Nintendo really likes the whole 2D Mario thing at the moment, doesn’t it? After receiving a DS version, a Wii version, and quite recently a 3DS version of the New Super Mario Bros. series, it is starting to feel like the “New” in the title might not apply any more. Thankfully, while New Super Mario Bros. for 3DS may have felt a bit stale to some, Mario’s Wii U launch title is far more innovative.
The main source of this innovation is the new Challenge and Boost Rush modes. Building on what was started in NSMB2, Boost Rush gives you a set of levels to complete as fast as possible. Collecting coins speeds the scrolling up, allowing faster times – but on the flip side, this also makes it easier to make a fatal mistake that will cause you to lose a significant amount of time. These levels are fun, but I found them a bit tedious; I will try these modes occasionally, but they don’t grip me like the Challenge mode does. The same goes for the Coin Battle mode – it returns again in NSMBU – , which is good fun, but doesn’t draw you in like Challenge mode.
The Challenge mode is a brave new step for Mario. This mode contains many, well, challenges for you to attempt. Whether it is speed running a level without collecting a coin, completing a level without touching the ground, or avoiding fireballs for as long as possible, these challenges – with their medal rewards – bring back that elusive one-more-try addictiveness that sometimes eludes recent 2D Mario games. Gold medals often require perfection, and the subsequent satisfaction for obtaining one is priceless. The Challenge mode is a great new step for the New Super Mario Bros. series, and it should be taken and ran with by Nintendo in the inevitable future titles.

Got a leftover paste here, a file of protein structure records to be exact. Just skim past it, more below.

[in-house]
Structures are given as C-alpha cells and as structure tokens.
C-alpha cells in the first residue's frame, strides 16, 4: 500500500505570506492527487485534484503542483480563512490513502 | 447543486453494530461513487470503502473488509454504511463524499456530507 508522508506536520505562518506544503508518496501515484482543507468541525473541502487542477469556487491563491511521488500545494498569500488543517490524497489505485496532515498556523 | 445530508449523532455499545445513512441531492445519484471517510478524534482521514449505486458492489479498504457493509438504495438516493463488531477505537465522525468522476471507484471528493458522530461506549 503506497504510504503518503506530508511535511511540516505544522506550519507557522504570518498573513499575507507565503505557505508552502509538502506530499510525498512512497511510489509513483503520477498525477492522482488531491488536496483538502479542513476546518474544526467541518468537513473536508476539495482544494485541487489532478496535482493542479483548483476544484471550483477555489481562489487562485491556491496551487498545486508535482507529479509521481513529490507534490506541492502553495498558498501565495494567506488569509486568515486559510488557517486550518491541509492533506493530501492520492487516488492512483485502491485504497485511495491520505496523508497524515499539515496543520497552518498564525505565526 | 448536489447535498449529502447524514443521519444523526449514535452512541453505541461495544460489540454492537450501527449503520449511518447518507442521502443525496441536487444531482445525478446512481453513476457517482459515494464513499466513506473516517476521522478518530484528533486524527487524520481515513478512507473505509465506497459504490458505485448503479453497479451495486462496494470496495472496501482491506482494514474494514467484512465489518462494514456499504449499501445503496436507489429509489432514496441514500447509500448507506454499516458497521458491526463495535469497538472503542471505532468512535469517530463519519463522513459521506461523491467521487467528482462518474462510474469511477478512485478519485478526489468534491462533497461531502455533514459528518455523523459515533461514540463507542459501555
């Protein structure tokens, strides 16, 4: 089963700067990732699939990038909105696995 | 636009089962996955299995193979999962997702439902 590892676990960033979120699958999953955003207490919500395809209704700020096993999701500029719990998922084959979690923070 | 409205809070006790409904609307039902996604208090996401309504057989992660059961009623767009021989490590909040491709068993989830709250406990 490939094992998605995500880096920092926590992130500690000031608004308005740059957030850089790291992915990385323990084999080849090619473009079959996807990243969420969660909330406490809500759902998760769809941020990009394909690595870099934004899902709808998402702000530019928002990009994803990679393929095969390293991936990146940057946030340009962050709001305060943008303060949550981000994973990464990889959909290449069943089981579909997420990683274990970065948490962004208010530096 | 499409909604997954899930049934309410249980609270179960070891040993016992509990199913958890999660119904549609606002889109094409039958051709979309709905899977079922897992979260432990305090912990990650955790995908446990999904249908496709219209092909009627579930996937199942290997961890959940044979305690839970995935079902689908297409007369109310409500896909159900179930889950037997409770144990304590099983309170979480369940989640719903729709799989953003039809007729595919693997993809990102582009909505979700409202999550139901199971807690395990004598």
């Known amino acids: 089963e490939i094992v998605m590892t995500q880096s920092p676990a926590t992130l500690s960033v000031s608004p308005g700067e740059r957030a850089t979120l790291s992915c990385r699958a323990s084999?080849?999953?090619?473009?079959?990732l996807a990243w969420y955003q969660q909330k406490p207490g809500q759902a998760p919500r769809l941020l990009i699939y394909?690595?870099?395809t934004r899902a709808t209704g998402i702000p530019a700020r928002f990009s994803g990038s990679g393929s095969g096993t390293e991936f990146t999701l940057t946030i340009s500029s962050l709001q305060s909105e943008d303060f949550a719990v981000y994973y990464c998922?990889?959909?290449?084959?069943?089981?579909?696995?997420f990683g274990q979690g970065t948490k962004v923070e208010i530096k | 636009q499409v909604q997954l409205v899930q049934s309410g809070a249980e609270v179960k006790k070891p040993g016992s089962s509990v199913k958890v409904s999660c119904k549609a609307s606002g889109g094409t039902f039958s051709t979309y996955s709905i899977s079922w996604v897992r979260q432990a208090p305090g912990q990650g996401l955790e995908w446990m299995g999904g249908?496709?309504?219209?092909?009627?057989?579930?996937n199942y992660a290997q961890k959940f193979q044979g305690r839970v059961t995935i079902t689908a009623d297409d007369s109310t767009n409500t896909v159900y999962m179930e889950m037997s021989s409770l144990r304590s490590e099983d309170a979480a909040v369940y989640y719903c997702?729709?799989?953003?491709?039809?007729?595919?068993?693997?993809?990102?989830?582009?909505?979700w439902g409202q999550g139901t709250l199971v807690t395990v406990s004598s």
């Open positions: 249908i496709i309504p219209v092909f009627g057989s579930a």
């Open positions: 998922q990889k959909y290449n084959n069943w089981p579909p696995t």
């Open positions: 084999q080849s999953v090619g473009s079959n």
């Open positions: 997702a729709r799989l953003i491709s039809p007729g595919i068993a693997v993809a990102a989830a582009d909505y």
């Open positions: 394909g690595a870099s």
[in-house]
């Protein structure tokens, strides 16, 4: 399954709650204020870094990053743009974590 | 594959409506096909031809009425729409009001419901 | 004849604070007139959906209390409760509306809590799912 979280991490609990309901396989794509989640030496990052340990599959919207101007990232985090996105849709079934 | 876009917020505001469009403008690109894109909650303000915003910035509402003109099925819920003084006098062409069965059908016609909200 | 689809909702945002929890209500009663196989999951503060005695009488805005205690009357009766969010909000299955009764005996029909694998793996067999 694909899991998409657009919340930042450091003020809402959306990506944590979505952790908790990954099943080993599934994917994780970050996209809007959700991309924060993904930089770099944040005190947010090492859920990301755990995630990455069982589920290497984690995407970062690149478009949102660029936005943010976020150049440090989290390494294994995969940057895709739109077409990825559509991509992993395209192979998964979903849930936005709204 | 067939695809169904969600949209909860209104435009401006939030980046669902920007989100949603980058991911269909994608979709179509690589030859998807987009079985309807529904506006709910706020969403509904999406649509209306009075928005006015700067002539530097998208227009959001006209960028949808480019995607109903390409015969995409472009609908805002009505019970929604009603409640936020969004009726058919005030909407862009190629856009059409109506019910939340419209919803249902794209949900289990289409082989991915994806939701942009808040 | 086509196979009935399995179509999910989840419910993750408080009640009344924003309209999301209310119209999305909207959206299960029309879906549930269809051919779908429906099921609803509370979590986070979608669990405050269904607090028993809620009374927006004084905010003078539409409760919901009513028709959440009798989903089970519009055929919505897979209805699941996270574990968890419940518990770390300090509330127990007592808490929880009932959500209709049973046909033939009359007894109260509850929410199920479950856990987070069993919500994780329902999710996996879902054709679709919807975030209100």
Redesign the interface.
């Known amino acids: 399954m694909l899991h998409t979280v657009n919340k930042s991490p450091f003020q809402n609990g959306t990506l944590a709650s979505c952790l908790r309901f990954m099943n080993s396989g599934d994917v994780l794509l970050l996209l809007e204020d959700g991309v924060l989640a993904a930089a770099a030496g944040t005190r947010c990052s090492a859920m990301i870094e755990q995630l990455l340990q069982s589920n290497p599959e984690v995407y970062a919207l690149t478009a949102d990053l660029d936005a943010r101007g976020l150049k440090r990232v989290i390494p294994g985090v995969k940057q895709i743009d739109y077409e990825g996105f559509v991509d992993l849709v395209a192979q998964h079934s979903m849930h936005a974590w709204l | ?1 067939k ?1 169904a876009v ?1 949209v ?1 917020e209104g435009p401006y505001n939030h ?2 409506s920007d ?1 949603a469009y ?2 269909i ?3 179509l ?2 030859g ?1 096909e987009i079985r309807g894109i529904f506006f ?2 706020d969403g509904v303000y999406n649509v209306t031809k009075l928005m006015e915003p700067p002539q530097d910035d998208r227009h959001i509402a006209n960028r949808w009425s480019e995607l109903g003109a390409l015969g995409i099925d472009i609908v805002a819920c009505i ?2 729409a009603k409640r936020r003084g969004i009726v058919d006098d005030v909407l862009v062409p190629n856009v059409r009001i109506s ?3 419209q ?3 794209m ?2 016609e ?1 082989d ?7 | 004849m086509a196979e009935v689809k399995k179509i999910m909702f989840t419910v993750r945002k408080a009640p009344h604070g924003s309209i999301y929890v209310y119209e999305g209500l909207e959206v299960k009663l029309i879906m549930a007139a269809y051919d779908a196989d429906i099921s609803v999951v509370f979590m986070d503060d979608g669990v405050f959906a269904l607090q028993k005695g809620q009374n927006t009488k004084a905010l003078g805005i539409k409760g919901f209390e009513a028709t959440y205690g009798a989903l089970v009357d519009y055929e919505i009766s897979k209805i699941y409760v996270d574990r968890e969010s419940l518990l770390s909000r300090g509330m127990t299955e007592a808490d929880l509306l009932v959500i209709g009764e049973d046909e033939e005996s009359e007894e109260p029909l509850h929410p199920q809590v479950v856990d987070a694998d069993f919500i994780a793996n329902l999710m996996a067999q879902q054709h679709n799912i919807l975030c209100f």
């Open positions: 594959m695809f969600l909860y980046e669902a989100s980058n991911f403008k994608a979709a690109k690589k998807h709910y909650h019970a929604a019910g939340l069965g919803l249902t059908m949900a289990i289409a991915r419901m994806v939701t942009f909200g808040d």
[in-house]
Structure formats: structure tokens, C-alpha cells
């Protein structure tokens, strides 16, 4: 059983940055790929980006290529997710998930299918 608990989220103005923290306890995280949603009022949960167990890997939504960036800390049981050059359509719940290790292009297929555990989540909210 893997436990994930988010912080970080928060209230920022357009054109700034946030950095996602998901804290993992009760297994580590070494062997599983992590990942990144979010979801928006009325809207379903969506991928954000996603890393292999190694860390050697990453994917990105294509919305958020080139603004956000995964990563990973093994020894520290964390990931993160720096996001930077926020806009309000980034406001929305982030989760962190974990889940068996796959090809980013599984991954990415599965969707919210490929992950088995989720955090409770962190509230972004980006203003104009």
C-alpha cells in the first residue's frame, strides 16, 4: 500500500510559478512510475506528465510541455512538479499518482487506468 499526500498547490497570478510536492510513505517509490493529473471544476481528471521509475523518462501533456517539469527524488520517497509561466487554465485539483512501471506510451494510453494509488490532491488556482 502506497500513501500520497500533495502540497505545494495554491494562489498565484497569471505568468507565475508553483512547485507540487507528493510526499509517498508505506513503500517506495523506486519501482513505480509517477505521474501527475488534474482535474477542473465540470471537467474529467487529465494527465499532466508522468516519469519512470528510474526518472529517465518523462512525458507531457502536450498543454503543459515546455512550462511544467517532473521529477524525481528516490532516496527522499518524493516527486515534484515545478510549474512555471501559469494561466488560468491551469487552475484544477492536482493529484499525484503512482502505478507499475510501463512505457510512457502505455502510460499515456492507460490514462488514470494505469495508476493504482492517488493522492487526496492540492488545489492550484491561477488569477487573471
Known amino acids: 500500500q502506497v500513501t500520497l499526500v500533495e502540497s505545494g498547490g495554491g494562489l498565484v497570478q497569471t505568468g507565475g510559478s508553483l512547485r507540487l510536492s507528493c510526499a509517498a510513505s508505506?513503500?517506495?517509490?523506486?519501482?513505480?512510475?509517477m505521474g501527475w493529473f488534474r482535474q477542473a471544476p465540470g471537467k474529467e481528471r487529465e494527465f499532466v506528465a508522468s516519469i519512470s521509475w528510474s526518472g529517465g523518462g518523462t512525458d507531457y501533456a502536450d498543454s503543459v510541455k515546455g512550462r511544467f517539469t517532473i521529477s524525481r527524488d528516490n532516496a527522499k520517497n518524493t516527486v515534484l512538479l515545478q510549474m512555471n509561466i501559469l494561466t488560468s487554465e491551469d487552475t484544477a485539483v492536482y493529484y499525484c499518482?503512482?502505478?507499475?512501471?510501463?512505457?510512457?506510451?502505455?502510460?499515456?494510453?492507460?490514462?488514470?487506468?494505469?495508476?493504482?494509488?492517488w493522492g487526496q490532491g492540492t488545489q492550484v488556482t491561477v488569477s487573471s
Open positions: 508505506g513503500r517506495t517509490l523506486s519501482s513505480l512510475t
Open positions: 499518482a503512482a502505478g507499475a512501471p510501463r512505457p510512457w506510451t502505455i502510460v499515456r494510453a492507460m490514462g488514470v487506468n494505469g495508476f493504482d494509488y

Of course, the main draw for solo players of NSMBU will be the story mode (story… well…). This could have easily been an example of Nintendo plying safe to contrast the new modes, but fortunately this isn’t completely thr case. While the story, as ever, will hardly grip you, the levels themselves are brilliant. The level design is top-notch, and some examples of Nintendo experimenting with level design are clear. One of these cases is a level where it is possible to cause Stars to come out of Question Mark Blocks if you are fast enough, which will result in multiple 1-Ups at the end of the level (where many enemies await). There is a great variety – confusing Haunted Houses, Ice levels with spinning stars to navigate through, a level with eruptions raining onto you – of levels that will keep your interest until the final battle – and what a final battle. If you thought New Super Mario Bros. Wii’s final battle was good, then you need to play this. Nintendo uses the extra power at its disposal with the Wii U to create a visually stunning final battle. It makes the journey well worth it!
The map itself has been significantly improved, too. Going back to the kind of map design that was loved in Super Mario World, you interact with the map often. Choosing worlds to enter, uncovering secret exits, going through mini strategy games in between levels… this is definitely better than the map in, say, NSMBWii, where the map was more of another menu to go through. Other additions, like the character of Nabbit (who you have to chase through levels) are welcome too, as they bring further diversity to the game. Once you reach the end of the game, there is also some nice new areas to explore… but I wouldn’t spoil that!
Also, as this is Mario’s first foray into HD, you would expect the visuals to be impressive. To this, I respond by saying that while they are impressive, they only occasionally blow you away. Most levels look luscious and attractive, and they are great to travel through. When you play through some levels, though, you wish you could have more. One example is a level with an impressionistic, Van Gogh-style background. In this level, you just ant to stop and stare for a minute. This kind of reaction is only occasionally caused – the aforementioned final battle is one such moment – , and I would have loved to have seen some more of these jaw-dropping visuals.